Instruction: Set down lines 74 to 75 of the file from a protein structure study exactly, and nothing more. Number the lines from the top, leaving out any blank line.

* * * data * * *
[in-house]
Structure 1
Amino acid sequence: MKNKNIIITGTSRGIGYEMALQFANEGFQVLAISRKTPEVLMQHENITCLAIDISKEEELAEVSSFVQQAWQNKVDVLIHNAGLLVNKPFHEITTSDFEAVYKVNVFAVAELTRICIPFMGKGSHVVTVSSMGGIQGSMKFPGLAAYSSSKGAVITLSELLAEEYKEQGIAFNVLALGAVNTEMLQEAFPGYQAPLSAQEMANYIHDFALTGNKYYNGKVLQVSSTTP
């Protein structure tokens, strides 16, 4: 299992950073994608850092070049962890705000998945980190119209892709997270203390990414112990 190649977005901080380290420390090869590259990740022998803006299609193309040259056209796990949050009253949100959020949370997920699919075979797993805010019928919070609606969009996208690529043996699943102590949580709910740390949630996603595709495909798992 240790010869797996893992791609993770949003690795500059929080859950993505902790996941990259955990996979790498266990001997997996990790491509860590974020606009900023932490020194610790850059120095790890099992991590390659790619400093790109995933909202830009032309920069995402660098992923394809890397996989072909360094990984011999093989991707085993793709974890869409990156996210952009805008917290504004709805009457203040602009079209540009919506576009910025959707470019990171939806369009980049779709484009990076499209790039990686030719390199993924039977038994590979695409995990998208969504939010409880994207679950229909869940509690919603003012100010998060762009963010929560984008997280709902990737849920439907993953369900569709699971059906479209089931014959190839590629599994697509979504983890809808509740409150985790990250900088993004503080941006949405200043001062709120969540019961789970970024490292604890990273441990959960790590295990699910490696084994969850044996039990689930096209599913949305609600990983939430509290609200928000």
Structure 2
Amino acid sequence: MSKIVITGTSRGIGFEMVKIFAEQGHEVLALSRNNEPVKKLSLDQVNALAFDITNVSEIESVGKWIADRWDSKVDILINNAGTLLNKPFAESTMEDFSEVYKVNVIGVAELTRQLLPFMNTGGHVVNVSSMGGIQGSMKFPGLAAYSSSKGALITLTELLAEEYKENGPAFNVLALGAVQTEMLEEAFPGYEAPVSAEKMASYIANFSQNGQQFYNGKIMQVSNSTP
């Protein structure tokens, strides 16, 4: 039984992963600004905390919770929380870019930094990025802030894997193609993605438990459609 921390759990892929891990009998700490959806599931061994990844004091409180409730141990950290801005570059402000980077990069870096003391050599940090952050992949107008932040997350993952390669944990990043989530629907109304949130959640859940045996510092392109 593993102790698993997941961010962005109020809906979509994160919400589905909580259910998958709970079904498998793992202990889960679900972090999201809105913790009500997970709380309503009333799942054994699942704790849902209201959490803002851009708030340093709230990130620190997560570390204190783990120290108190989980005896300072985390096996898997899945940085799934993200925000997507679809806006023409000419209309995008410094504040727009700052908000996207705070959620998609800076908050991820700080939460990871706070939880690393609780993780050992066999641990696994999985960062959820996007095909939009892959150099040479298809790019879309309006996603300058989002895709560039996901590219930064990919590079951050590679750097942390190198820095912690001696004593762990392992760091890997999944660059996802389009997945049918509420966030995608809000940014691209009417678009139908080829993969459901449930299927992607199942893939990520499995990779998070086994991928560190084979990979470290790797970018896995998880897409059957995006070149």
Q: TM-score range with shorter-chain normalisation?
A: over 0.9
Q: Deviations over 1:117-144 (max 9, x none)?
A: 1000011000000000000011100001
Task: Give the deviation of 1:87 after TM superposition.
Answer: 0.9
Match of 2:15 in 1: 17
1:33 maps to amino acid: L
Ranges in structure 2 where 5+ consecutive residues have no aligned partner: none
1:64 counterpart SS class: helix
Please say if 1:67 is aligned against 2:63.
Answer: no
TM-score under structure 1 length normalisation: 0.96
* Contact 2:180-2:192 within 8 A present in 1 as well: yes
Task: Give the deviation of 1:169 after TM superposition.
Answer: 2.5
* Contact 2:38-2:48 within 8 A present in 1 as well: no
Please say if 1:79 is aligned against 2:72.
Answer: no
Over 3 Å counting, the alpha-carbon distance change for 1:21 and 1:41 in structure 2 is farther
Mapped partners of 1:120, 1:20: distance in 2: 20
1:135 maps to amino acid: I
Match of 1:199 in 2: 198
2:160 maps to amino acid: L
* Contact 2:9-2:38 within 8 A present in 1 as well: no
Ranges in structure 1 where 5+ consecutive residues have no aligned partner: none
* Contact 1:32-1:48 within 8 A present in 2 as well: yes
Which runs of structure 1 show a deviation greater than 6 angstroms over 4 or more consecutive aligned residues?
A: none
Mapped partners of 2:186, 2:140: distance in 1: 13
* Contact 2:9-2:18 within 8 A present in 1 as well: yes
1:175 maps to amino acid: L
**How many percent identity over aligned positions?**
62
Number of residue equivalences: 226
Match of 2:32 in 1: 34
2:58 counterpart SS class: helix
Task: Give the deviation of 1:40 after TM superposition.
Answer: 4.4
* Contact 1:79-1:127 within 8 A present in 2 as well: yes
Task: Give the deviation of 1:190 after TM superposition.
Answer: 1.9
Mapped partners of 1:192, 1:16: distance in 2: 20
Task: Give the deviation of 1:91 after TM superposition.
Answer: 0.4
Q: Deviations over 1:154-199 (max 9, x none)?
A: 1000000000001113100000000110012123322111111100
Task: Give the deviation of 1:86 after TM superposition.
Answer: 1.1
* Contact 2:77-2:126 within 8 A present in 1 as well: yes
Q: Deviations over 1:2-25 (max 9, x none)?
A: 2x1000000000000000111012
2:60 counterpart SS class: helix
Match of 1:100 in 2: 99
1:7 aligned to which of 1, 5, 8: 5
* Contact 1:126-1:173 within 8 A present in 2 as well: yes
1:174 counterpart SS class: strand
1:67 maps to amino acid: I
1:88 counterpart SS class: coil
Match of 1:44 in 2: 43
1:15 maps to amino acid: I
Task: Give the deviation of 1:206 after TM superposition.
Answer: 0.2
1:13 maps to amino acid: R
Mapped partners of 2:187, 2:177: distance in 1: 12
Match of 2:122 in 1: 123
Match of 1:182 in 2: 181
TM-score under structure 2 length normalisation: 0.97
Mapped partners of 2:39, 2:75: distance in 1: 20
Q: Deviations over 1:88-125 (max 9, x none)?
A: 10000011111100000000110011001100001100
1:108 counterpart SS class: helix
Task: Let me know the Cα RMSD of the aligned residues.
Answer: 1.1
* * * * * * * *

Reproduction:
Match of 1:182 in 2: 181
TM-score under structure 2 length normalisation: 0.97